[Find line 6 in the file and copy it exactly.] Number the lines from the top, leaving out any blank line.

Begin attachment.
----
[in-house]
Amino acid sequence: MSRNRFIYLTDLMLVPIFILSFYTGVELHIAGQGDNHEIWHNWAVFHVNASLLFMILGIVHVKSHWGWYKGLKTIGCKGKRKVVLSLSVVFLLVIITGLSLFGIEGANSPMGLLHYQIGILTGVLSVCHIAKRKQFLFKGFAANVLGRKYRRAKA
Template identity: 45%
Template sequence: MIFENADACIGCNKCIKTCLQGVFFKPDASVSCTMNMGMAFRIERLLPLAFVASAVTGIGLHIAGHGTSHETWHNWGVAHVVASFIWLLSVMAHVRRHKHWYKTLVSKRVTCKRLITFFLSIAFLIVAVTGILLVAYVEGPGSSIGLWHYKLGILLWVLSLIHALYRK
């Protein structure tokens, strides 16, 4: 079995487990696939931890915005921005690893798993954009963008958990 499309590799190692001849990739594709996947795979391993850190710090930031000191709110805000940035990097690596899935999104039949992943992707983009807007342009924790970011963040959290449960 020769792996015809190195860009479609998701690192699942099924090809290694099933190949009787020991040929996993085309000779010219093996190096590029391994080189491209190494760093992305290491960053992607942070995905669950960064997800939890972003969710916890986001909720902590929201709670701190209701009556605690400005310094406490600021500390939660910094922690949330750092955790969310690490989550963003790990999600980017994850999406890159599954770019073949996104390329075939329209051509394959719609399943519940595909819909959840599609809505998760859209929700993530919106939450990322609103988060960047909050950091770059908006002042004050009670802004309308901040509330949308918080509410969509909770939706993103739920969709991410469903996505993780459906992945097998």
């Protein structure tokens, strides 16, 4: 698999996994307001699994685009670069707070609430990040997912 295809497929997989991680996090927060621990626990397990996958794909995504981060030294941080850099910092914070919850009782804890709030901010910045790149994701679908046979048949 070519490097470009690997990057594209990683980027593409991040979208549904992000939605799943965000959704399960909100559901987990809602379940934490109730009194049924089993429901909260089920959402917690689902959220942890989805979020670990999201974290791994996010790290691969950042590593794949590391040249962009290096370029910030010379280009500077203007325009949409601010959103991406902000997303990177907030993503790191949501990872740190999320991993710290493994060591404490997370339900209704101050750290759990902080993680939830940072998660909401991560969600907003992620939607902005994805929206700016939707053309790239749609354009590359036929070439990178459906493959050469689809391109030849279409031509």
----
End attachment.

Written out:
């Protein structure tokens, strides 16, 4: 698999996994307001699994685009670069707070609430990040997912 295809497929997989991680996090927060621990626990397990996958794909995504981060030294941080850099910092914070919850009782804890709030901010910045790149994701679908046979048949 070519490097470009690997990057594209990683980027593409991040979208549904992000939605799943965000959704399960909100559901987990809602379940934490109730009194049924089993429901909260089920959402917690689902959220942890989805979020670990999201974290791994996010790290691969950042590593794949590391040249962009290096370029910030010379280009500077203007325009949409601010959103991406902000997303990177907030993503790191949501990872740190999320991993710290493994060591404490997370339900209704101050750290759990902080993680939830940072998660909401991560969600907003992620939607902005994805929206700016939707053309790239749609354009590359036929070439990178459906493959050469689809391109030849279409031509």